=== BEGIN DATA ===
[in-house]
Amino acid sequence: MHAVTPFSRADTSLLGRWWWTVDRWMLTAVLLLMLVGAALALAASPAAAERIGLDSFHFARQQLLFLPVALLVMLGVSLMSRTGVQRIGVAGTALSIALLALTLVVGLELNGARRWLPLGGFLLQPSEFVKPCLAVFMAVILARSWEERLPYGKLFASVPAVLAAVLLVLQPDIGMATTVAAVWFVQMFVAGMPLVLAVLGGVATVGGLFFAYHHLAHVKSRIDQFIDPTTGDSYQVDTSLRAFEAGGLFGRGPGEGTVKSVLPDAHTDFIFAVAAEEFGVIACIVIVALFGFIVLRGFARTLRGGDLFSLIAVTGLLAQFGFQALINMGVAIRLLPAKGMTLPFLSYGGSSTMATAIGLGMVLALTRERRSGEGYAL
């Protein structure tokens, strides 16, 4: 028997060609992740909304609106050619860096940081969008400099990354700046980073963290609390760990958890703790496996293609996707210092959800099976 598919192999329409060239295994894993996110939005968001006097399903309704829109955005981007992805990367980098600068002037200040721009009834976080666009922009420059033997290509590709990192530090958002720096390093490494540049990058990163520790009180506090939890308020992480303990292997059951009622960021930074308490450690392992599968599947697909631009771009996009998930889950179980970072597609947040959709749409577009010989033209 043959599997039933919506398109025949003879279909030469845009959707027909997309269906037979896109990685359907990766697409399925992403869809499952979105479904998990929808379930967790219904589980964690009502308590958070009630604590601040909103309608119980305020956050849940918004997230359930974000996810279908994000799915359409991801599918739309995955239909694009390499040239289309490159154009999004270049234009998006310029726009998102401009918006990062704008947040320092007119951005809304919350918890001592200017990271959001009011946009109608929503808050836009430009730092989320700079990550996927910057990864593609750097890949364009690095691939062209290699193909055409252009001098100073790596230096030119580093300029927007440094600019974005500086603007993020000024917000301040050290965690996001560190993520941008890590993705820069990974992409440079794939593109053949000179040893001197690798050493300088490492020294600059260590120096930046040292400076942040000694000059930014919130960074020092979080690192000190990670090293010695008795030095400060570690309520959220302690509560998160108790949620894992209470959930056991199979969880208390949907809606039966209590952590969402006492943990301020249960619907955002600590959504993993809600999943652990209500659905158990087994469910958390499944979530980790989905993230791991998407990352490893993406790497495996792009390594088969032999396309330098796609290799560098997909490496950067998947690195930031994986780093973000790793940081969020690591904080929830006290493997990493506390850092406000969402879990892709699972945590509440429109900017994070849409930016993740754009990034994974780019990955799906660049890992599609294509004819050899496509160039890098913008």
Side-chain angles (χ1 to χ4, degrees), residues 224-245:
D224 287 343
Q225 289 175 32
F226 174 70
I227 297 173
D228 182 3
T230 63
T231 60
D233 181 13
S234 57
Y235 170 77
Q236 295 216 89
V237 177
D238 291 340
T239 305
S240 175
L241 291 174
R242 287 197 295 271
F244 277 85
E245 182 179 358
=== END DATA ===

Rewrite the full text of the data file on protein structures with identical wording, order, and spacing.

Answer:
[in-house]
Amino acid sequence: MHAVTPFSRADTSLLGRWWWTVDRWMLTAVLLLMLVGAALALAASPAAAERIGLDSFHFARQQLLFLPVALLVMLGVSLMSRTGVQRIGVAGTALSIALLALTLVVGLELNGARRWLPLGGFLLQPSEFVKPCLAVFMAVILARSWEERLPYGKLFASVPAVLAAVLLVLQPDIGMATTVAAVWFVQMFVAGMPLVLAVLGGVATVGGLFFAYHHLAHVKSRIDQFIDPTTGDSYQVDTSLRAFEAGGLFGRGPGEGTVKSVLPDAHTDFIFAVAAEEFGVIACIVIVALFGFIVLRGFARTLRGGDLFSLIAVTGLLAQFGFQALINMGVAIRLLPAKGMTLPFLSYGGSSTMATAIGLGMVLALTRERRSGEGYAL
């Protein structure tokens, strides 16, 4: 028997060609992740909304609106050619860096940081969008400099990354700046980073963290609390760990958890703790496996293609996707210092959800099976 598919192999329409060239295994894993996110939005968001006097399903309704829109955005981007992805990367980098600068002037200040721009009834976080666009922009420059033997290509590709990192530090958002720096390093490494540049990058990163520790009180506090939890308020992480303990292997059951009622960021930074308490450690392992599968599947697909631009771009996009998930889950179980970072597609947040959709749409577009010989033209 043959599997039933919506398109025949003879279909030469845009959707027909997309269906037979896109990685359907990766697409399925992403869809499952979105479904998990929808379930967790219904589980964690009502308590958070009630604590601040909103309608119980305020956050849940918004997230359930974000996810279908994000799915359409991801599918739309995955239909694009390499040239289309490159154009999004270049234009998006310029726009998102401009918006990062704008947040320092007119951005809304919350918890001592200017990271959001009011946009109608929503808050836009430009730092989320700079990550996927910057990864593609750097890949364009690095691939062209290699193909055409252009001098100073790596230096030119580093300029927007440094600019974005500086603007993020000024917000301040050290965690996001560190993520941008890590993705820069990974992409440079794939593109053949000179040893001197690798050493300088490492020294600059260590120096930046040292400076942040000694000059930014919130960074020092979080690192000190990670090293010695008795030095400060570690309520959220302690509560998160108790949620894992209470959930056991199979969880208390949907809606039966209590952590969402006492943990301020249960619907955002600590959504993993809600999943652990209500659905158990087994469910958390499944979530980790989905993230791991998407990352490893993406790497495996792009390594088969032999396309330098796609290799560098997909490496950067998947690195930031994986780093973000790793940081969020690591904080929830006290493997990493506390850092406000969402879990892709699972945590509440429109900017994070849409930016993740754009990034994974780019990955799906660049890992599609294509004819050899496509160039890098913008």
Side-chain angles (χ1 to χ4, degrees), residues 224-245:
D224 287 343
Q225 289 175 32
F226 174 70
I227 297 173
D228 182 3
T230 63
T231 60
D233 181 13
S234 57
Y235 170 77
Q236 295 216 89
V237 177
D238 291 340
T239 305
S240 175
L241 291 174
R242 287 197 295 271
F244 277 85
E245 182 179 358